WALLACE: But it's hardly "cover Florida," Governor.

CRIST: Well, I think it's important that it's cover families. People who get it like it. They understand that it makes a difference in their lives. It gives them the peace of mind that they deserve. And I think it's important to understand that.

As wrote earlier, because this is a battle for the hearts and minds of Florida Republican primary voters (i.e., conservative), the governor was on the defensive in a way that he wouldn't be if he were to capture the nomination and face Kendrick Meek this fall.  Crist has been popular with independents because of his moderate brand of GOP politics.

But will those independents go with the very conservative Rubio against Meek in the fall? One point of the debate that stood out to this observer was on the topic of illegal immigration, which generally between two Republicans running for office is a stand-off on who will be harsher for those who are undocumented in this country.  The Cuban American Rubio did seem to give notice that he's aware of the horrible image the party has shown to Latinos in recent years with this remark:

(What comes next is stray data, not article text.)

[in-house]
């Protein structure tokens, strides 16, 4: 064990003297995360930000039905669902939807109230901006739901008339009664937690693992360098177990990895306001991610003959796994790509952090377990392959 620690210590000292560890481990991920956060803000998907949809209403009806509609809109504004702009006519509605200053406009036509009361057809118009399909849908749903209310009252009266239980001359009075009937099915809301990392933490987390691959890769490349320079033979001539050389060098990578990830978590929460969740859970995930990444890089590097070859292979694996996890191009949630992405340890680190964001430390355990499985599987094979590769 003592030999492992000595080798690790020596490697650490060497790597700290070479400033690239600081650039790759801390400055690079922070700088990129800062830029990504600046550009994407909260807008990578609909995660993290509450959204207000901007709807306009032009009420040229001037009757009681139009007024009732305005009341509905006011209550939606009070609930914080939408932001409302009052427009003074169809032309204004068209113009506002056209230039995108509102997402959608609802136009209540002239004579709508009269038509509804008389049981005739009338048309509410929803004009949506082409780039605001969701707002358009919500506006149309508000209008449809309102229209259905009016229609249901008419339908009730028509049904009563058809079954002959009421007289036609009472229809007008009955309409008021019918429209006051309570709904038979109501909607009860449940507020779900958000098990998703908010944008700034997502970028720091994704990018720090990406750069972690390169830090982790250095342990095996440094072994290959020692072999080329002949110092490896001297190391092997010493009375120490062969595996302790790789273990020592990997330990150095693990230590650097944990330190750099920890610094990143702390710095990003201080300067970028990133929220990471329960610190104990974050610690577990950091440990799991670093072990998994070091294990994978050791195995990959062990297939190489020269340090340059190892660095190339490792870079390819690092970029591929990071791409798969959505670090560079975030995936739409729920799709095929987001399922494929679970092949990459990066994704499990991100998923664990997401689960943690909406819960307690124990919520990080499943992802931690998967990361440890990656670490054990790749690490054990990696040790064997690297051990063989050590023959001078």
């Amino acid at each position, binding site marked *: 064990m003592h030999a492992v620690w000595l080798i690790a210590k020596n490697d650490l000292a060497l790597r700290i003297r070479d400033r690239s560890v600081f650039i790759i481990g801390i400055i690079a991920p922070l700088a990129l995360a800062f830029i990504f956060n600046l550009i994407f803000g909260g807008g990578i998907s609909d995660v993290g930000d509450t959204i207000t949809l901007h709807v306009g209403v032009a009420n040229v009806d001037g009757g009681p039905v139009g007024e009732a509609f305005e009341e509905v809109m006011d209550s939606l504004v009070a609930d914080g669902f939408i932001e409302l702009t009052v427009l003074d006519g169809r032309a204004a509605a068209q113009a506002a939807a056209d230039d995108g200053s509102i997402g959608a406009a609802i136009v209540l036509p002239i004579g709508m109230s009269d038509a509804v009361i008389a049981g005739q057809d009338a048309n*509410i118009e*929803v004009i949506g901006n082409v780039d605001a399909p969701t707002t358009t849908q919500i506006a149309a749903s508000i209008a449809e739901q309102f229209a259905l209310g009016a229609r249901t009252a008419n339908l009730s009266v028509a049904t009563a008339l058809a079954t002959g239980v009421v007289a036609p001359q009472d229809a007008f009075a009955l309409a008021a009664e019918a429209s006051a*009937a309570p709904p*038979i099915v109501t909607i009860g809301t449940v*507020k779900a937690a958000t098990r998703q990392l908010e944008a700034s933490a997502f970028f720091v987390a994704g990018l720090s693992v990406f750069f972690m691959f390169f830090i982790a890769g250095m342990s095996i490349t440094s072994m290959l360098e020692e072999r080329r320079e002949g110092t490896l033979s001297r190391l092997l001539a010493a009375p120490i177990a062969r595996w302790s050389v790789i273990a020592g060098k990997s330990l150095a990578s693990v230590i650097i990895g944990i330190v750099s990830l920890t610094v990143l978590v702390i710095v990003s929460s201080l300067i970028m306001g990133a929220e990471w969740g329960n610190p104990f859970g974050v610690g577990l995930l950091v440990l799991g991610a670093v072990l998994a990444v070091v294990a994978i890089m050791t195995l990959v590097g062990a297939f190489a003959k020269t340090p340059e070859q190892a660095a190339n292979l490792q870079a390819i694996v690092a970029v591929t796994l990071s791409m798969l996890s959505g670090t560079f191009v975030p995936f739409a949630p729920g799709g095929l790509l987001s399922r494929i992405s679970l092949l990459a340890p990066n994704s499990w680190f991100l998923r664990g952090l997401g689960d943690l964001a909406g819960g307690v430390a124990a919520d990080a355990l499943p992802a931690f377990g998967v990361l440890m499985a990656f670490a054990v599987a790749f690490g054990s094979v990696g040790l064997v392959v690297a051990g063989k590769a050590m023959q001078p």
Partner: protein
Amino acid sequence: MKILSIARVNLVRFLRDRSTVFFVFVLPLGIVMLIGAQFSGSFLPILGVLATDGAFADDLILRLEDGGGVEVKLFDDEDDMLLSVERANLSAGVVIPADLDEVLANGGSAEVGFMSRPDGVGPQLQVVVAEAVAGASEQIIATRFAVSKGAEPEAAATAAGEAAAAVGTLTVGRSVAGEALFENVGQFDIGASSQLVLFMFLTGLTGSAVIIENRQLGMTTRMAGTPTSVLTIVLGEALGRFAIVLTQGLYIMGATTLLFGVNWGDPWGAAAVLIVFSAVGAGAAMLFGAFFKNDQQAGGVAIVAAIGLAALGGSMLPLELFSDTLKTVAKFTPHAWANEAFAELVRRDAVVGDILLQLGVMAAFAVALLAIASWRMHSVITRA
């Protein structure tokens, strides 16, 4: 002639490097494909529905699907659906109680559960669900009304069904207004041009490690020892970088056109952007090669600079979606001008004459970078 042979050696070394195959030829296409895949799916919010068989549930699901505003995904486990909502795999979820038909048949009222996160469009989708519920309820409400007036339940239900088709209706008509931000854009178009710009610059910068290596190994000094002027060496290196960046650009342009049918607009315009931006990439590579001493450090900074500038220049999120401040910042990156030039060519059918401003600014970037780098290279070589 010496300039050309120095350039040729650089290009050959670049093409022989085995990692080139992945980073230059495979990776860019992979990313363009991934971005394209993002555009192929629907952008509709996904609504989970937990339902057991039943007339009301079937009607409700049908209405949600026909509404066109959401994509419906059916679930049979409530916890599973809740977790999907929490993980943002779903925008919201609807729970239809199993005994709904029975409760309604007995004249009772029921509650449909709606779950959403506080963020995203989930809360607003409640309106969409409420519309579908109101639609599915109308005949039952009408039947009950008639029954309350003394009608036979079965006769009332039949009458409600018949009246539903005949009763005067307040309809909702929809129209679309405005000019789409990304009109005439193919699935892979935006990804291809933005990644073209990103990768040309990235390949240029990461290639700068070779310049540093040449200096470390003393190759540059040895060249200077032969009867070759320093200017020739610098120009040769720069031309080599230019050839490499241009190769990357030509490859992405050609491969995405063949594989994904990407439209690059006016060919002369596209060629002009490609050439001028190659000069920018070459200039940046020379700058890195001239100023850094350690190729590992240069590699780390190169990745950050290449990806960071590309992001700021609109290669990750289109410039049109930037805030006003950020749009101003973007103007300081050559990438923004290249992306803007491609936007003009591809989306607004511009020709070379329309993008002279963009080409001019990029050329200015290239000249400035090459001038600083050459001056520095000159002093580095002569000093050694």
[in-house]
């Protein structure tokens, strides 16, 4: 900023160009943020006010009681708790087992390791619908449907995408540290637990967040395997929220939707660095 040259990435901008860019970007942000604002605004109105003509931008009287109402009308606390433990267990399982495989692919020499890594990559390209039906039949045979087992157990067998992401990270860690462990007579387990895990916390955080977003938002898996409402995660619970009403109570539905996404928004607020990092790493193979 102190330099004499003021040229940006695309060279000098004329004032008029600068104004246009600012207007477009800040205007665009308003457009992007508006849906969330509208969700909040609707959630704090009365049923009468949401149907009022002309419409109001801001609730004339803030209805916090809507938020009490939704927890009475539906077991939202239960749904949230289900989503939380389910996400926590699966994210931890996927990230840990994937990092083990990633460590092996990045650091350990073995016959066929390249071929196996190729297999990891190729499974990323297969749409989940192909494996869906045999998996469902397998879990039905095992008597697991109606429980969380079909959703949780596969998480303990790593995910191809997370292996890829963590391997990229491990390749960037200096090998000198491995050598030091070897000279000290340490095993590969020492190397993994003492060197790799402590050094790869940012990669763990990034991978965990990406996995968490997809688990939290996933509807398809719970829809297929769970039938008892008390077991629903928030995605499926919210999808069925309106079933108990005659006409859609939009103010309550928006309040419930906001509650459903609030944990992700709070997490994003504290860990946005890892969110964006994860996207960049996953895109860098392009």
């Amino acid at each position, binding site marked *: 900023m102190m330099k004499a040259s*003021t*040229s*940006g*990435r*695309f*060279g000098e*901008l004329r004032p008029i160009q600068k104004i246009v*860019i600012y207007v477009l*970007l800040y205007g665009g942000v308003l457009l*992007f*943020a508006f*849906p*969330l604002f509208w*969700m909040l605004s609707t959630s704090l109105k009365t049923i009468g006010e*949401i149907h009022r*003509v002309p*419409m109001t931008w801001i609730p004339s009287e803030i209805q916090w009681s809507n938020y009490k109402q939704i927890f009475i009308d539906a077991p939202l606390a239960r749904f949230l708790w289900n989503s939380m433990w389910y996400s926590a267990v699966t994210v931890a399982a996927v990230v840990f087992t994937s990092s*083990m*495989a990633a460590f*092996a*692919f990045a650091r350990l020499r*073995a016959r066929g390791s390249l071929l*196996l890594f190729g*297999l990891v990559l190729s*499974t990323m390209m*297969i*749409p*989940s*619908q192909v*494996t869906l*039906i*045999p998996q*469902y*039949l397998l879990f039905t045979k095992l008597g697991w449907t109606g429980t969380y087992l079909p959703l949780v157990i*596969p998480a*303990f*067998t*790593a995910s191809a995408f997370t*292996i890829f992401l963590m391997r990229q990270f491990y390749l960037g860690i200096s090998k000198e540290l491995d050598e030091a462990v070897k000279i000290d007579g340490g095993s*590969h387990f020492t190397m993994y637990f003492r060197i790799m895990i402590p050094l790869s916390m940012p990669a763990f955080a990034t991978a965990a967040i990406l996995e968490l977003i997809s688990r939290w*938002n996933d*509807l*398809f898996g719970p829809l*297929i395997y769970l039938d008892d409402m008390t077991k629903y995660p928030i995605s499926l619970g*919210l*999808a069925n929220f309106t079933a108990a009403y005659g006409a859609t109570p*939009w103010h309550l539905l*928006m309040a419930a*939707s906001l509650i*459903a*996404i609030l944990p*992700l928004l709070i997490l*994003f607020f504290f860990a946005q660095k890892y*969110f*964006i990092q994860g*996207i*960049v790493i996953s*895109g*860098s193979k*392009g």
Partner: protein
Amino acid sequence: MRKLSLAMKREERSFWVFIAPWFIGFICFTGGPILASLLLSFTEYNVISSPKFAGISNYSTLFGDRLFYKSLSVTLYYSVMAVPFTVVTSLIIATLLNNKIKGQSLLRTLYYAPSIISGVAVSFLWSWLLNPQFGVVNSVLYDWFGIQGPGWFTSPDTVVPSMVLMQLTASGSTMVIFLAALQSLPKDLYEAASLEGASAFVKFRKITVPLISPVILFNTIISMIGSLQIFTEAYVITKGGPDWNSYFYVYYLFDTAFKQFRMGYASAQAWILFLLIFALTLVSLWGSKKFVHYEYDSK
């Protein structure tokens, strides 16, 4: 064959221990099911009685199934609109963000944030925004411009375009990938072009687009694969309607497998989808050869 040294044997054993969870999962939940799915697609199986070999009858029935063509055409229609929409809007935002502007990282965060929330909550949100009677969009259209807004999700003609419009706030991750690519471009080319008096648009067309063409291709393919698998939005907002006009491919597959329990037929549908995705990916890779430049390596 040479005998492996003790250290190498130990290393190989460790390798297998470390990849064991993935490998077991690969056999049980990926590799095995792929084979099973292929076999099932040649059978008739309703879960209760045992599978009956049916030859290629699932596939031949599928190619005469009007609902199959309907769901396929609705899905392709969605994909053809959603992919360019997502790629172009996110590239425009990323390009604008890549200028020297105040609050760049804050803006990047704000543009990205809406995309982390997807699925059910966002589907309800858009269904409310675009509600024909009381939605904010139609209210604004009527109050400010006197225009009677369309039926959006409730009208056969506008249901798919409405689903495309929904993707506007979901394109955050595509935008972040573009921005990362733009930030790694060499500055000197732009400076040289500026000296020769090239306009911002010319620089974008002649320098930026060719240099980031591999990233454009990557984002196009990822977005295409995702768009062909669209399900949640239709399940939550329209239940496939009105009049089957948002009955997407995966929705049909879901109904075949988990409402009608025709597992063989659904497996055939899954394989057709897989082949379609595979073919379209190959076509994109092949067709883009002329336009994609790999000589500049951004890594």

RUBIO: ... because the Republican Party, I think unfortunately, has been cast as the anti-illegal immigration party. It is not the anti- illegal immigration party. It is the pro-legal immigration party. And having a legal immigration system that works begins, as the governor says, with border security.

By the way, it's not enough. About a third of the folks in this country illegally enter legally and they overstay visas. And so we've got to deal with that issue as well.

We've got to deal with the employment aspect of it, because the vast majority of people who enter this country illegally do so in search of jobs, and jobs are being provided to them. So we need some level of verification system so that employers are required to verify the employment status of their folks.

In the wake of the hard fought exchanges, Florida GOP chair John Thrasher said yesterday he's prefer if the boys chill out a bit, saying, "While I appreciate our candidates’ passion for this race and strong desire to serve, I was disappointed in some instances when they appeared to be moving away from the issues and utilizing personal attacks, which I don’t believe benefit the people of Florida, or our Party."

With all due respect, Mr. Chairman, good luck to you on that.